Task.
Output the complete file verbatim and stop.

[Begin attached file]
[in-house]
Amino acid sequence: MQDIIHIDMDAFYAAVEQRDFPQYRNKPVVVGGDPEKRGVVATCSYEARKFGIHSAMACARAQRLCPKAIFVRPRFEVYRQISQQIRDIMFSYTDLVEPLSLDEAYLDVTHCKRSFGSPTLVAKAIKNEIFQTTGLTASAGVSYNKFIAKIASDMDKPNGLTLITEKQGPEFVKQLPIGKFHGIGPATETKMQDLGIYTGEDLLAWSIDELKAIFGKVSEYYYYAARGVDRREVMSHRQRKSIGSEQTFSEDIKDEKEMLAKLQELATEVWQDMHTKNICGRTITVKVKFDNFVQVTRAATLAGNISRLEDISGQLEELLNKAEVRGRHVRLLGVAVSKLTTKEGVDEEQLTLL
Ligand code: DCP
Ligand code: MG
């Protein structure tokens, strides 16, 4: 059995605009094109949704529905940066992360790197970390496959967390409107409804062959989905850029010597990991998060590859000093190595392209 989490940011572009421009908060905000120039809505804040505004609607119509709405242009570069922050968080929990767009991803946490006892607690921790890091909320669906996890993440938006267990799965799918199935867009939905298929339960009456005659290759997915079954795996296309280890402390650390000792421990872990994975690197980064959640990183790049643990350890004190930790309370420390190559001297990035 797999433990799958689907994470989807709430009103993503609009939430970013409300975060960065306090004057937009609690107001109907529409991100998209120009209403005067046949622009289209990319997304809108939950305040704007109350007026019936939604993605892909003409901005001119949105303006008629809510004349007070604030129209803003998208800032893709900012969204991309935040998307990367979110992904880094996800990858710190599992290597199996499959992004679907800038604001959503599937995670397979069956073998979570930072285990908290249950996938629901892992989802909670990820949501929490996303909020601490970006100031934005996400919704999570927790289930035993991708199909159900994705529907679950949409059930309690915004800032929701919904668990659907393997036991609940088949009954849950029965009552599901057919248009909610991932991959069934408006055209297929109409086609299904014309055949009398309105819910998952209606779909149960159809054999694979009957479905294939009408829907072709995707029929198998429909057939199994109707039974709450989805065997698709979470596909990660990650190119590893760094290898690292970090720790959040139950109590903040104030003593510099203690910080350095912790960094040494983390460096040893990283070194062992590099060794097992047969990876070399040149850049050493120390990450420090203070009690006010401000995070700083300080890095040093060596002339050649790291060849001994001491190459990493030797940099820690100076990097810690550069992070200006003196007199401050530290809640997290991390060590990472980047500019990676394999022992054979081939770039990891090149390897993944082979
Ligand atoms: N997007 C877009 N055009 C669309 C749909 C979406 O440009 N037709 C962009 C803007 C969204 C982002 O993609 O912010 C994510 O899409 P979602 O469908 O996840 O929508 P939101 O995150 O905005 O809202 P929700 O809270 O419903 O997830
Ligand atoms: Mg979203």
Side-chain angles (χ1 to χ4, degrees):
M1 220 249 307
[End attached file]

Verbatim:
[in-house]
Amino acid sequence: MQDIIHIDMDAFYAAVEQRDFPQYRNKPVVVGGDPEKRGVVATCSYEARKFGIHSAMACARAQRLCPKAIFVRPRFEVYRQISQQIRDIMFSYTDLVEPLSLDEAYLDVTHCKRSFGSPTLVAKAIKNEIFQTTGLTASAGVSYNKFIAKIASDMDKPNGLTLITEKQGPEFVKQLPIGKFHGIGPATETKMQDLGIYTGEDLLAWSIDELKAIFGKVSEYYYYAARGVDRREVMSHRQRKSIGSEQTFSEDIKDEKEMLAKLQELATEVWQDMHTKNICGRTITVKVKFDNFVQVTRAATLAGNISRLEDISGQLEELLNKAEVRGRHVRLLGVAVSKLTTKEGVDEEQLTLL
Ligand code: DCP
Ligand code: MG
């Protein structure tokens, strides 16, 4: 059995605009094109949704529905940066992360790197970390496959967390409107409804062959989905850029010597990991998060590859000093190595392209 989490940011572009421009908060905000120039809505804040505004609607119509709405242009570069922050968080929990767009991803946490006892607690921790890091909320669906996890993440938006267990799965799918199935867009939905298929339960009456005659290759997915079954795996296309280890402390650390000792421990872990994975690197980064959640990183790049643990350890004190930790309370420390190559001297990035 797999433990799958689907994470989807709430009103993503609009939430970013409300975060960065306090004057937009609690107001109907529409991100998209120009209403005067046949622009289209990319997304809108939950305040704007109350007026019936939604993605892909003409901005001119949105303006008629809510004349007070604030129209803003998208800032893709900012969204991309935040998307990367979110992904880094996800990858710190599992290597199996499959992004679907800038604001959503599937995670397979069956073998979570930072285990908290249950996938629901892992989802909670990820949501929490996303909020601490970006100031934005996400919704999570927790289930035993991708199909159900994705529907679950949409059930309690915004800032929701919904668990659907393997036991609940088949009954849950029965009552599901057919248009909610991932991959069934408006055209297929109409086609299904014309055949009398309105819910998952209606779909149960159809054999694979009957479905294939009408829907072709995707029929198998429909057939199994109707039974709450989805065997698709979470596909990660990650190119590893760094290898690292970090720790959040139950109590903040104030003593510099203690910080350095912790960094040494983390460096040893990283070194062992590099060794097992047969990876070399040149850049050493120390990450420090203070009690006010401000995070700083300080890095040093060596002339050649790291060849001994001491190459990493030797940099820690100076990097810690550069992070200006003196007199401050530290809640997290991390060590990472980047500019990676394999022992054979081939770039990891090149390897993944082979
Ligand atoms: N997007 C877009 N055009 C669309 C749909 C979406 O440009 N037709 C962009 C803007 C969204 C982002 O993609 O912010 C994510 O899409 P979602 O469908 O996840 O929508 P939101 O995150 O905005 O809202 P929700 O809270 O419903 O997830
Ligand atoms: Mg979203």
Side-chain angles (χ1 to χ4, degrees):
M1 220 249 307